The nation's governors gave strong support today to President Carter's welfare reform plan, but scored some of his approaches to the energy problem and crime control.

The opening session of the annual governor's conference saw little attention paid to the prime Washington topics of the Panama Canal treaties and the problems of budget director Bert Lance.

But Democratic National Chairman Kenneth M. Curtis, a Carter ally, told reporters after a closed-door breakfast of Democratic governors that things like the Lance affair "don't do you any good . . . the longer it goes on, the more negative it gets." But Curtis also echoed the White House assertion that Lance deserves "a chance to tell his story" to a Senate committee before facing a decision on resignation.

Illinois Gov. James R. Thompson, a leading 1980 Republican presidential hopeful, told reporters that Lance should reign but said he did not think the incident so far was causing Carter any "serious political damage."

"The President and Mr. Lance both know what has to be done and they should do it," Thompson said. "He has lost his usefulness as director of the budget. He has a right to answer the charges, but once he's testified, he should resign."

Joseph A. Califano Jr., the Secretary of Health Education and Welfare, launched the two-day meeting with a fervent plea for help from the governors in passing the Carter welfare-reform plan.

Citing what he called strong newspaper editorial and public support, Califano said that "if we do not let disagreement about program details lead to an impasse," there is a histroic opportunity to reform a welfare system that he said has kept both recipients and taxpayers "twisting in the wind."

New York Gov. Hugh L. Carey, the head of the governors' committee on welfare, responded that the state executives would "come out like tigers and lions and cougars, fighting for this type of program."

In the subsequent discussion some small-state governors raised questions about the sizeable relief that would go to New York and California, but most seemed satisfied with Califano's pledge that evey state would save at least 10 per cent of its present welfare bill if the Carter proposal is passed. A formal resolution supporting the principles of the Carter plan is expected to be adopted Friday.

There was considerably, more controversy about Carter's approach to the energy problem, and at their breakfast today. Democratic governors took out some of their frustration on Jack H. Watson Jr., the assistant to the President for intergovernmental relations.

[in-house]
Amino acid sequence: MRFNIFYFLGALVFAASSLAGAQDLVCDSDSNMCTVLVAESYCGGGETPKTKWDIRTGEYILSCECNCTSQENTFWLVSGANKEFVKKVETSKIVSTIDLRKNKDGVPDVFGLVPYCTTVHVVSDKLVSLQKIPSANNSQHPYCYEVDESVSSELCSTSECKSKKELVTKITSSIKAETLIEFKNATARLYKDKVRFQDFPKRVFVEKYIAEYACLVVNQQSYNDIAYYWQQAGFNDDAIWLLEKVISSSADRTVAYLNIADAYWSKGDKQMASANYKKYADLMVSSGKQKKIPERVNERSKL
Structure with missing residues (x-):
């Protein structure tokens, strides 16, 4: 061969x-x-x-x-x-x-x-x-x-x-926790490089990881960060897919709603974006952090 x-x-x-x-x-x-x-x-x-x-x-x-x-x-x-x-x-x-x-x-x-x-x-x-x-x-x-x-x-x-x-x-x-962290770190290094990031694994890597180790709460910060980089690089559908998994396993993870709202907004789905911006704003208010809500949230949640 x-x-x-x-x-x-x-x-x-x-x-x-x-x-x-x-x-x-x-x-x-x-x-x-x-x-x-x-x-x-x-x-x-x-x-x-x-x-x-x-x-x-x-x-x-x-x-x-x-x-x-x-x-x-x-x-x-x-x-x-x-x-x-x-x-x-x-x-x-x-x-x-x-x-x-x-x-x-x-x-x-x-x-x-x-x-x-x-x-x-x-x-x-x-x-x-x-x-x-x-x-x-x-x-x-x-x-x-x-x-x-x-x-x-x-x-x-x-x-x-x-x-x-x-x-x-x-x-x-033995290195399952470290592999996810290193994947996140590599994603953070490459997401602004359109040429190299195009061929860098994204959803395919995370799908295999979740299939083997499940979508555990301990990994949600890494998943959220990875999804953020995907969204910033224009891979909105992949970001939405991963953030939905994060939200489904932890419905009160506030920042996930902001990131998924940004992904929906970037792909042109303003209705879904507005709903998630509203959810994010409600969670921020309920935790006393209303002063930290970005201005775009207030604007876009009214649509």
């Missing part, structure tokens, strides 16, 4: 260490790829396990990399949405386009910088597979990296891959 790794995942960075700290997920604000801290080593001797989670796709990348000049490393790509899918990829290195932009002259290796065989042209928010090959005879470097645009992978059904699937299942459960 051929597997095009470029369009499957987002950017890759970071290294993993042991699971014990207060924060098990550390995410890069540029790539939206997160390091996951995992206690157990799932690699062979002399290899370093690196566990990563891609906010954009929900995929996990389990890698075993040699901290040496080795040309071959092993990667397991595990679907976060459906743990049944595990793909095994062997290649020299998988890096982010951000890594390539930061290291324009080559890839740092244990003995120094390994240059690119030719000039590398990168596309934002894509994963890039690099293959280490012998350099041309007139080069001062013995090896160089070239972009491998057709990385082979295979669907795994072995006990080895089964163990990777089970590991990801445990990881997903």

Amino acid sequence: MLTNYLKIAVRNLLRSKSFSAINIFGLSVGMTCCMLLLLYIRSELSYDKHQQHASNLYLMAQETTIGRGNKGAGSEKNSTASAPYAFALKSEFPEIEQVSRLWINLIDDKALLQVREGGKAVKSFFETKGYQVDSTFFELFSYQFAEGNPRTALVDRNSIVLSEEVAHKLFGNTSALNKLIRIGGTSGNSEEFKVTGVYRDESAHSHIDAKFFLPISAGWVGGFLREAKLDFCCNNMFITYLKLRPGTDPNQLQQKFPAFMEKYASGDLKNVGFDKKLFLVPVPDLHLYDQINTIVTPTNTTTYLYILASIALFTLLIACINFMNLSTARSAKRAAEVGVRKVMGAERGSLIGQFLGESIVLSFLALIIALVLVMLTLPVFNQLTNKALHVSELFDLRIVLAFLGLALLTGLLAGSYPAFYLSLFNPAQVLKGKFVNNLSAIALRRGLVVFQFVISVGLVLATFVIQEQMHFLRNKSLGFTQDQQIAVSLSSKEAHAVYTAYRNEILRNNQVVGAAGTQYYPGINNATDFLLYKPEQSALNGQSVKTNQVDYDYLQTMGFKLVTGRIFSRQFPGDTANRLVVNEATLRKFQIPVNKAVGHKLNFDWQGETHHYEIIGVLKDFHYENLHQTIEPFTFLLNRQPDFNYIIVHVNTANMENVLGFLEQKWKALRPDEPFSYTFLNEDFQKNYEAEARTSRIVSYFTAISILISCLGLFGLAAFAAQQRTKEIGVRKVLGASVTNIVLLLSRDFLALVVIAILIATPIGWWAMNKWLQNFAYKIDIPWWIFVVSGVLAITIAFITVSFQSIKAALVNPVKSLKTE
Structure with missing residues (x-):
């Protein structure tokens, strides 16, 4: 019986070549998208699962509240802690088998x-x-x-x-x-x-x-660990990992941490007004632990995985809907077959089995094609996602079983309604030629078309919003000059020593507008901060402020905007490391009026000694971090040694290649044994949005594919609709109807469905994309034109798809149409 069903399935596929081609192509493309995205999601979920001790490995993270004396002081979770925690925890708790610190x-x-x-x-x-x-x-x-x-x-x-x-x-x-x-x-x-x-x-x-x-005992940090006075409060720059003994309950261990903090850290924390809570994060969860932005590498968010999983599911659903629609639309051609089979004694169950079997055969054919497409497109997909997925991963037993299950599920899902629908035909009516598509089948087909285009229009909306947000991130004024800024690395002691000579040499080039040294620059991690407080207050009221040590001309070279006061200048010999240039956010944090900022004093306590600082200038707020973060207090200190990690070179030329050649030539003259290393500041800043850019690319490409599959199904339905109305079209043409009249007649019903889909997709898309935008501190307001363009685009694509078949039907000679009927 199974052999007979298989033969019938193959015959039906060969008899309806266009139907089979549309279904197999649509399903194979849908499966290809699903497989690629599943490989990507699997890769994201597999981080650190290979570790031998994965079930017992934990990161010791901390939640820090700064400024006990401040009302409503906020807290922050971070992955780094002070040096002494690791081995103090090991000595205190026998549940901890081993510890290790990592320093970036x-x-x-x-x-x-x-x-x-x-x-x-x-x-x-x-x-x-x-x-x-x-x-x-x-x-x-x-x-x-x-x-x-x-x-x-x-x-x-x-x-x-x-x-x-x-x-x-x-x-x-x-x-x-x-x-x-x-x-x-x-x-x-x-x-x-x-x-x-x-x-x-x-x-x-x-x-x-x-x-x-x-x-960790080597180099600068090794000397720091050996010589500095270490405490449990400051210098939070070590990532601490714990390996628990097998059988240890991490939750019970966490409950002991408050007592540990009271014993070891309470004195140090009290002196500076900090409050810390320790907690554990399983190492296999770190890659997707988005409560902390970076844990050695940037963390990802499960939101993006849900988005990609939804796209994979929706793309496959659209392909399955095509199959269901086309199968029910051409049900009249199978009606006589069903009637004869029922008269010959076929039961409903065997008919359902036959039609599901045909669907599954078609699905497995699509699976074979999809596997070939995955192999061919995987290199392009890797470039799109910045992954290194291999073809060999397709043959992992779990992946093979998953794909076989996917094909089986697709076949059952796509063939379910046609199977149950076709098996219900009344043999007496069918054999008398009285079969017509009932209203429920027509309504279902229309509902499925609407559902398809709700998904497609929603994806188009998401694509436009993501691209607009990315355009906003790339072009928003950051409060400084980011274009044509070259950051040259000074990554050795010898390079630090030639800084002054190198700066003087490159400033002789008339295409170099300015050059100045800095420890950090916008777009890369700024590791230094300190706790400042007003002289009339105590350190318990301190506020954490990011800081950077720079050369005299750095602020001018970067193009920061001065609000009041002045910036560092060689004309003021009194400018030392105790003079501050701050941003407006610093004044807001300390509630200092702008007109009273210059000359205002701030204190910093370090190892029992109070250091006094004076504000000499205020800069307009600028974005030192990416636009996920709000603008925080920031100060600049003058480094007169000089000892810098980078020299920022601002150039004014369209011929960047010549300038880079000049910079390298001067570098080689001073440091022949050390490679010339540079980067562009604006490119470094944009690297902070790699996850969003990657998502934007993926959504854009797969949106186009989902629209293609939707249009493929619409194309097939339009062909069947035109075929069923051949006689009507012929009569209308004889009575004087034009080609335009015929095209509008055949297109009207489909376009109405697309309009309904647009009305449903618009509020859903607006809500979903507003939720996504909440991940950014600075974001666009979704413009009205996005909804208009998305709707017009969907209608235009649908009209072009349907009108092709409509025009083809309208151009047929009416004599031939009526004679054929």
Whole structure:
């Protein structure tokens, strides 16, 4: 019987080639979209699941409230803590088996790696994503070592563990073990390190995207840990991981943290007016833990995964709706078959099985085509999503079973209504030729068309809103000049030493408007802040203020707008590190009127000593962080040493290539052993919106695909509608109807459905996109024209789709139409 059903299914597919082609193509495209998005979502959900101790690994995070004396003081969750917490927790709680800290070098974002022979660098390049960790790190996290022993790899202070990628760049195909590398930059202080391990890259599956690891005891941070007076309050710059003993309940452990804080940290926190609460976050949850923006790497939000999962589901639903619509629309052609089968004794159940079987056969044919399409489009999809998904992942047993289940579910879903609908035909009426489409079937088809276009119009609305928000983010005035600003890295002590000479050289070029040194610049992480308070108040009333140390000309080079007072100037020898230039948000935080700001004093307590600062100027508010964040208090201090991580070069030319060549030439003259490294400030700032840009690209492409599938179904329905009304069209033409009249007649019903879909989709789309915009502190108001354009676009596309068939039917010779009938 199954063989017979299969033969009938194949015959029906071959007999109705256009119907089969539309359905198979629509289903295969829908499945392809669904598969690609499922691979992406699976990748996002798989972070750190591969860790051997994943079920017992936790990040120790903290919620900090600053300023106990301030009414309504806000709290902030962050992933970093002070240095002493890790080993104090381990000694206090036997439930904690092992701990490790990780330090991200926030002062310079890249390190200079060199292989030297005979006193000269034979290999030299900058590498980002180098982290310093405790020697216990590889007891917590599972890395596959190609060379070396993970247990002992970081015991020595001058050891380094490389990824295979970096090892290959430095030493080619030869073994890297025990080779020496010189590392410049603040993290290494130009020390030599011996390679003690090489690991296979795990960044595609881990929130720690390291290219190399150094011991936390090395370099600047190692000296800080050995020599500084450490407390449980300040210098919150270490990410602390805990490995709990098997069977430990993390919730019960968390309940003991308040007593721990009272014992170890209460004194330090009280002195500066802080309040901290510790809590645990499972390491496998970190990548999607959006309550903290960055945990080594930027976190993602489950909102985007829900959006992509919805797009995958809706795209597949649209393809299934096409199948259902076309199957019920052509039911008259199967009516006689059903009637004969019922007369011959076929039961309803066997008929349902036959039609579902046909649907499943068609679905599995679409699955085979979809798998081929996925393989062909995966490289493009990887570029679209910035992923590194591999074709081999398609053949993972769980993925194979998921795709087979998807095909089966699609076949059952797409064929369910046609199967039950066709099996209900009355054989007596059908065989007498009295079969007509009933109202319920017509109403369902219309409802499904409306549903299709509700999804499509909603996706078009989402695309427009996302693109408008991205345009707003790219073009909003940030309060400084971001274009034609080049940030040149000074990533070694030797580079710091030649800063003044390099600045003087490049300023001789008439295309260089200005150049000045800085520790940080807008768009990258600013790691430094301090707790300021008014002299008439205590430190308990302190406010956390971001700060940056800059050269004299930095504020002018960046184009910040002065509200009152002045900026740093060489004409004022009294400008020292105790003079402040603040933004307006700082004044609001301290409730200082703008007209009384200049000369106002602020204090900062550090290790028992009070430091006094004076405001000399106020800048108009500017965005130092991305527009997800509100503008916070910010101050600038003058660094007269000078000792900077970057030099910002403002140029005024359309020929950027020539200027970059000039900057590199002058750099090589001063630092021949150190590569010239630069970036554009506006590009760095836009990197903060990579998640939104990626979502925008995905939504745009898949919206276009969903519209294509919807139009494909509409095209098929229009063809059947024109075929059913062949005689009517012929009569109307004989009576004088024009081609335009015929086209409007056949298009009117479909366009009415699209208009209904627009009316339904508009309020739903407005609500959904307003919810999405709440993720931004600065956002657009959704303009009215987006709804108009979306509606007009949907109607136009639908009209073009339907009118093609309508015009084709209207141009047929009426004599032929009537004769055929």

The general criticism has been that the President ignored or minimized production incentives while concentrating on energy conservation measures. When that criticism was raised at a meeting of governors Carter called in Washington last summer, he responded by promising to meet with them again for another session focused on production incentives.

Two weeks ago, Kentucky Gov. Julian Carroll (D) wrote Watson to urge that the "production conference" be held soon so that its recommendations could be conveyed to the Senate, which is now considering the energy legislation.

Watson told the governors today that the conference was planned for the last half of November, after the scheduled congressional adjournment, and the news was not well received. Governors from energy-consumer states joined the producer-state executives in the criticism.

Watson said later, however, that it "takes time and planning" for a successful conference, and Secretary is too busy "setting up his department and dealing with Congress" to have such a meeting soon.

In an afternoon panel, Deputy Attorney General Peter Flaherty ran into stiff criticism of a Justice Department task force report proposing major changes in the Law Enforcement Assistance Administration. Several governors, including Virginia's Mills E. Godwin Jr. (R), criticized the closing of LEAA regional offices and a proposal to bypass the states and give some LEAA funds directly to cities.

In other session, Secretary of Commerce Juanita Kerps warned that the emerging debate between "sunbelt" and "frosbite" states "threatens to be divisive and polrizing" to national interests.